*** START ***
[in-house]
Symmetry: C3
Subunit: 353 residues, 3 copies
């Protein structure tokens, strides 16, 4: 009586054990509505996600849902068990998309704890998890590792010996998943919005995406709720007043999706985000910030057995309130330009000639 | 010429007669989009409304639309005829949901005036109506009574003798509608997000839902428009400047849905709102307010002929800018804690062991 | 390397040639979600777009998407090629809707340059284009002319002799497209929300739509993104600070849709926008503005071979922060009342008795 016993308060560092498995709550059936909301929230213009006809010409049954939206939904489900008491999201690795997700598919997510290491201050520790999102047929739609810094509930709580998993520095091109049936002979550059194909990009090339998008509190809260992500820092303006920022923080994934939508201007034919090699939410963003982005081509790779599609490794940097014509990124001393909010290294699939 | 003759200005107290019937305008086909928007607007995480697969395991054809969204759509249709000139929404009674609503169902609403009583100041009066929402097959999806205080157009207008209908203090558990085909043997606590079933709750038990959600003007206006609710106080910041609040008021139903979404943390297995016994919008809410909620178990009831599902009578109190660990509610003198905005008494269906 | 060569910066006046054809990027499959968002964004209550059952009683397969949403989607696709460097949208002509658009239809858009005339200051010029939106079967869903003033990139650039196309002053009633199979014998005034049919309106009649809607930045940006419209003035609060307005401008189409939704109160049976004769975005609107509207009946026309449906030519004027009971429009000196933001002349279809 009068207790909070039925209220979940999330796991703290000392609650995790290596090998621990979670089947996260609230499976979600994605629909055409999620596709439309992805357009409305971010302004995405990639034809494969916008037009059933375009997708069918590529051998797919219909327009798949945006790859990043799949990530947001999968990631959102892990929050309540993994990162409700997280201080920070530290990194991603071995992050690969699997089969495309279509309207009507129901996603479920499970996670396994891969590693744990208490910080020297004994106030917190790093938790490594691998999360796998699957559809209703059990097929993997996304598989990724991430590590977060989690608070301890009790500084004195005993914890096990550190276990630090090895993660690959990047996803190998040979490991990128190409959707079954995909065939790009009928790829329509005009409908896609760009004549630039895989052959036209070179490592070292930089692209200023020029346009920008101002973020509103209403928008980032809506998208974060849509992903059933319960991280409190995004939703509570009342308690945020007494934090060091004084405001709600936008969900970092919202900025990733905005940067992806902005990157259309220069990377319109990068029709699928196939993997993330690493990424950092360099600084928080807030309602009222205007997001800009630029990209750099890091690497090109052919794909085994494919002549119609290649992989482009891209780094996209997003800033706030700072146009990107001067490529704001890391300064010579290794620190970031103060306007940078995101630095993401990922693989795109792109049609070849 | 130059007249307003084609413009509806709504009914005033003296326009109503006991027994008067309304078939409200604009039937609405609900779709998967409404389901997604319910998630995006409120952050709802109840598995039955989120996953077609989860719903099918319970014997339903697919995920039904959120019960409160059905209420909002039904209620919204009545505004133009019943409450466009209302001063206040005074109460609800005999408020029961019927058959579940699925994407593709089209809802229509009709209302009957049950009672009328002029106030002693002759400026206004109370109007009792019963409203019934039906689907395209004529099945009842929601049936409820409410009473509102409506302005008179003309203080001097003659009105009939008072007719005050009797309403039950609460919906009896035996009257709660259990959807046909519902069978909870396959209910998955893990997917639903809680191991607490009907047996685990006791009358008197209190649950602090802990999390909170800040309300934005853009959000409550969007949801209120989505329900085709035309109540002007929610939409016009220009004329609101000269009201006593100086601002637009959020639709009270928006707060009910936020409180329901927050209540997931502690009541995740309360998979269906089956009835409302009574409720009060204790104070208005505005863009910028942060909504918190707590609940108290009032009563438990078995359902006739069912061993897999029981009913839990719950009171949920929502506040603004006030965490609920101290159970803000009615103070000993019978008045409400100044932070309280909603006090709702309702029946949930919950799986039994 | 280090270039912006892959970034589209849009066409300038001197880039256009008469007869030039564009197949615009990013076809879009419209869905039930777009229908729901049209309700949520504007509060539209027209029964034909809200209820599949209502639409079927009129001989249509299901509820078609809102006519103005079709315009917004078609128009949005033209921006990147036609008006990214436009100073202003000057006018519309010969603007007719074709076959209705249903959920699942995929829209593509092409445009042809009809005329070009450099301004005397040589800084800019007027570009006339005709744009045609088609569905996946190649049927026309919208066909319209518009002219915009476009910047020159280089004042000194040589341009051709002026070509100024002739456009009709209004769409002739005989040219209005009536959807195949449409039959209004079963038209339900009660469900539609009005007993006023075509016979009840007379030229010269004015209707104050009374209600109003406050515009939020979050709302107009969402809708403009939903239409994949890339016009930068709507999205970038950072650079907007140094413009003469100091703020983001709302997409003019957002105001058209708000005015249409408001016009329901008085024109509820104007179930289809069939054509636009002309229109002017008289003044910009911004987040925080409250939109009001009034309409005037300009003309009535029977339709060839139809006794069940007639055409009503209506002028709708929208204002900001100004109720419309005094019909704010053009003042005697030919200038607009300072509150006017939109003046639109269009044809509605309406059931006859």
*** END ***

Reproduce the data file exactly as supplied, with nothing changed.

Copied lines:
[in-house]
Symmetry: C3
Subunit: 353 residues, 3 copies
């Protein structure tokens, strides 16, 4: 009586054990509505996600849902068990998309704890998890590792010996998943919005995406709720007043999706985000910030057995309130330009000639 | 010429007669989009409304639309005829949901005036109506009574003798509608997000839902428009400047849905709102307010002929800018804690062991 | 390397040639979600777009998407090629809707340059284009002319002799497209929300739509993104600070849709926008503005071979922060009342008795 016993308060560092498995709550059936909301929230213009006809010409049954939206939904489900008491999201690795997700598919997510290491201050520790999102047929739609810094509930709580998993520095091109049936002979550059194909990009090339998008509190809260992500820092303006920022923080994934939508201007034919090699939410963003982005081509790779599609490794940097014509990124001393909010290294699939 | 003759200005107290019937305008086909928007607007995480697969395991054809969204759509249709000139929404009674609503169902609403009583100041009066929402097959999806205080157009207008209908203090558990085909043997606590079933709750038990959600003007206006609710106080910041609040008021139903979404943390297995016994919008809410909620178990009831599902009578109190660990509610003198905005008494269906 | 060569910066006046054809990027499959968002964004209550059952009683397969949403989607696709460097949208002509658009239809858009005339200051010029939106079967869903003033990139650039196309002053009633199979014998005034049919309106009649809607930045940006419209003035609060307005401008189409939704109160049976004769975005609107509207009946026309449906030519004027009971429009000196933001002349279809 009068207790909070039925209220979940999330796991703290000392609650995790290596090998621990979670089947996260609230499976979600994605629909055409999620596709439309992805357009409305971010302004995405990639034809494969916008037009059933375009997708069918590529051998797919219909327009798949945006790859990043799949990530947001999968990631959102892990929050309540993994990162409700997280201080920070530290990194991603071995992050690969699997089969495309279509309207009507129901996603479920499970996670396994891969590693744990208490910080020297004994106030917190790093938790490594691998999360796998699957559809209703059990097929993997996304598989990724991430590590977060989690608070301890009790500084004195005993914890096990550190276990630090090895993660690959990047996803190998040979490991990128190409959707079954995909065939790009009928790829329509005009409908896609760009004549630039895989052959036209070179490592070292930089692209200023020029346009920008101002973020509103209403928008980032809506998208974060849509992903059933319960991280409190995004939703509570009342308690945020007494934090060091004084405001709600936008969900970092919202900025990733905005940067992806902005990157259309220069990377319109990068029709699928196939993997993330690493990424950092360099600084928080807030309602009222205007997001800009630029990209750099890091690497090109052919794909085994494919002549119609290649992989482009891209780094996209997003800033706030700072146009990107001067490529704001890391300064010579290794620190970031103060306007940078995101630095993401990922693989795109792109049609070849 | 130059007249307003084609413009509806709504009914005033003296326009109503006991027994008067309304078939409200604009039937609405609900779709998967409404389901997604319910998630995006409120952050709802109840598995039955989120996953077609989860719903099918319970014997339903697919995920039904959120019960409160059905209420909002039904209620919204009545505004133009019943409450466009209302001063206040005074109460609800005999408020029961019927058959579940699925994407593709089209809802229509009709209302009957049950009672009328002029106030002693002759400026206004109370109007009792019963409203019934039906689907395209004529099945009842929601049936409820409410009473509102409506302005008179003309203080001097003659009105009939008072007719005050009797309403039950609460919906009896035996009257709660259990959807046909519902069978909870396959209910998955893990997917639903809680191991607490009907047996685990006791009358008197209190649950602090802990999390909170800040309300934005853009959000409550969007949801209120989505329900085709035309109540002007929610939409016009220009004329609101000269009201006593100086601002637009959020639709009270928006707060009910936020409180329901927050209540997931502690009541995740309360998979269906089956009835409302009574409720009060204790104070208005505005863009910028942060909504918190707590609940108290009032009563438990078995359902006739069912061993897999029981009913839990719950009171949920929502506040603004006030965490609920101290159970803000009615103070000993019978008045409400100044932070309280909603006090709702309702029946949930919950799986039994 | 280090270039912006892959970034589209849009066409300038001197880039256009008469007869030039564009197949615009990013076809879009419209869905039930777009229908729901049209309700949520504007509060539209027209029964034909809200209820599949209502639409079927009129001989249509299901509820078609809102006519103005079709315009917004078609128009949005033209921006990147036609008006990214436009100073202003000057006018519309010969603007007719074709076959209705249903959920699942995929829209593509092409445009042809009809005329070009450099301004005397040589800084800019007027570009006339005709744009045609088609569905996946190649049927026309919208066909319209518009002219915009476009910047020159280089004042000194040589341009051709002026070509100024002739456009009709209004769409002739005989040219209005009536959807195949449409039959209004079963038209339900009660469900539609009005007993006023075509016979009840007379030229010269004015209707104050009374209600109003406050515009939020979050709302107009969402809708403009939903239409994949890339016009930068709507999205970038950072650079907007140094413009003469100091703020983001709302997409003019957002105001058209708000005015249409408001016009329901008085024109509820104007179930289809069939054509636009002309229109002017008289003044910009911004987040925080409250939109009001009034309409005037300009003309009535029977339709060839139809006794069940007639055409009503209506002028709708929208204002900001100004109720419309005094019909704010053009003042005697030919200038607009300072509150006017939109003046639109269009044809509605309406059931006859």